Experts explain how powerful solar winds can destroy planets and kill humans

Experts explained how solar winds emitted by the Sun can destroy a planet's atmosphere and kill humans

A couple of experts explained how dangerous powerful solar winds can be to planets. In addition to rendering the planets inhabitable, the experts noted that emissions from the Sun can also kill humans.

Solar winds, which are highly charged particles ejected from holes in the Sun's atmosphere, hit Earth regularly. Fortunately, the solar emissions that reach Earth are only minor and are not powerful enough to affect the planet's magnetic field or cause electrical disruptions.

Destroying A Planet's Atmosphere

Mars tail
Artist's conception of the complex magnetic field environment at Mars. Yellow lines represent magnetic field lines from the Sun carried by the solar wind, blue lines represent Martian surface magnetic fields, white sparks are reconnection activity, and red lines are reconnected magnetic fields that link the surface to space via the Martian magnetotail. Anil Rao/Univ. of Colorado/MAVEN/NASA GSFC

Extreme cases of solar winds, on the other hand, can be devastating for a planet. One example that showcases the destructive capabilities of solar winds is Mars. As indicated in scientific reports, Mars previously had ideal conditions that could have supported life. However, powerful solar winds from the Sun stripped the planet's atmosphere and turned it into a hostile world.

According to planetary scientist Arun Prasaad Gunasekaran, since Mars did not have a magnetic field to protect it from solar winds, its atmosphere became vulnerable to the effects of the solar emissions. "For Mars, the magnetosphere is extremely weak (maybe gone) because of the absence of the internal dynamo," he stated on a post on Quora. "So, the solar winds can breach the magnetosphere and can rip the atmosphere due to their kinetic energy and momentum."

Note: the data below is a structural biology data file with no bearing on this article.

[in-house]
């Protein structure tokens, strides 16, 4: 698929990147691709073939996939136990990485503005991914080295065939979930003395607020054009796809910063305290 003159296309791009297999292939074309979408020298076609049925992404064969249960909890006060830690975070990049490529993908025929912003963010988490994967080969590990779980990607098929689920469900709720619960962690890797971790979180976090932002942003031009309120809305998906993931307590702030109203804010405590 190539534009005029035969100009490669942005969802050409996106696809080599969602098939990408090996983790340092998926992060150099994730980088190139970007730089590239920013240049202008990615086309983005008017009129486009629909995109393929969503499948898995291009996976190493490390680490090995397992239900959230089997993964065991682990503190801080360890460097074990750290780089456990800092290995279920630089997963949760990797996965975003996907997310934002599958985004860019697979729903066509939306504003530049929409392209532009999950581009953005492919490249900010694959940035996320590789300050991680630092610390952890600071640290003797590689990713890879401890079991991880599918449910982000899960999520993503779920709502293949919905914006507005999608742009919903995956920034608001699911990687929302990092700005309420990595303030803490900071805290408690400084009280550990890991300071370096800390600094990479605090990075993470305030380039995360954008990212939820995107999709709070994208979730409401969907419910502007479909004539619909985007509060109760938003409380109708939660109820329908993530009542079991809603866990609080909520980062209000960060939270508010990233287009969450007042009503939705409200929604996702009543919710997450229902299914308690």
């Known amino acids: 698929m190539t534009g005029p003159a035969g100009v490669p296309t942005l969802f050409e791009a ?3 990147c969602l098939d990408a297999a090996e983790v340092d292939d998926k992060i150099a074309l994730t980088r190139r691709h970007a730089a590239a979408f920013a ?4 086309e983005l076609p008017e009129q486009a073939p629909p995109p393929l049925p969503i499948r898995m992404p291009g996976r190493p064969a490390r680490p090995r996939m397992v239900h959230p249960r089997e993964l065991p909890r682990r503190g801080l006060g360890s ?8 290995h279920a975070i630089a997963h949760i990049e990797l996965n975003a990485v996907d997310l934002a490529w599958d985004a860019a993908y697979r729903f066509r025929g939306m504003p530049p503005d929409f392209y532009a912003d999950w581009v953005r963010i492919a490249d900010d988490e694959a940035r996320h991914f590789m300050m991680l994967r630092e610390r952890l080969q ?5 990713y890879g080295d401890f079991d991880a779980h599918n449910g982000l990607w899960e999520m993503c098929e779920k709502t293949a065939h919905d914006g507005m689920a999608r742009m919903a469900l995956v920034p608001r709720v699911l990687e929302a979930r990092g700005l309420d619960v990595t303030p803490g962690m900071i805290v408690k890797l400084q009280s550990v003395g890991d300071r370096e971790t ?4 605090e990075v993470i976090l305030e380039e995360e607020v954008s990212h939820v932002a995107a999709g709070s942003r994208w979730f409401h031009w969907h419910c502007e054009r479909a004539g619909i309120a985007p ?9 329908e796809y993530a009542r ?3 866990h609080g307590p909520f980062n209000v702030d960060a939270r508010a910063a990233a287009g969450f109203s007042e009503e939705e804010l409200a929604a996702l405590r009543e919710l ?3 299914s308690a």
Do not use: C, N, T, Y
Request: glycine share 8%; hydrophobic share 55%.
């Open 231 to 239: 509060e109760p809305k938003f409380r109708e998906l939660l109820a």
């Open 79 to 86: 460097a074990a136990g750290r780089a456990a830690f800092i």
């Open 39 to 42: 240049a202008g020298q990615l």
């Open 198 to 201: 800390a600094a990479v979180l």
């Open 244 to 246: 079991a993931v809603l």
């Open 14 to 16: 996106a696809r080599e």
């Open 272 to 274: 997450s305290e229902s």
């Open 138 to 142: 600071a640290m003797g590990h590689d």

Fatal Effects Of Solar Winds

Black hole
The sun emitted a significant solar flare, peaking at 7:28 p.m. EST on Dec. 19, 2014. NASA's Solar Dynamics Observatory, which watches the sun constantly, captured an image of the event. Solar flares are powerful bursts of radiation. Harmful radiation from a flare cannot pass through Earth's atmosphere to physically affect humans on the ground, however -- when intense enough -- they can disturb the atmosphere in the layer where GPS and communications signals travel. This flare is classified as an X1.8-class flare. X-class denotes the most intense flares, while the number provides more information about its strength. An X2 is twice as intense as an X1, an X3 is three times as intense, etc. NASA/SDO

Unlike Mars, Earth has a magnetosphere, which means its atmosphere is relatively safe from being stripped away by solar winds. However, without the magnetosphere, the entire planet and its inhabitants will be directly exposed to the harmful effects of solar winds, such as radiation. According to electrical engineer Harry Kier, the intense ultraviolet radiation from solar winds could cause accelerated cancer rates among humans, which could be extremely fatal.

Aside from an increased death rate caused by cancer, intense solar winds could also knock out communication and electrical grids, which could have a huge impact on countries. "Without the Earth's magnetic field to deflect it, this radiation would cause an increased cancer rate in we humans," Kier explained in a statement. "Extreme solar flares can disrupt electric and communication grids. Radiation from the sun increases the risk of cancer in space travelers."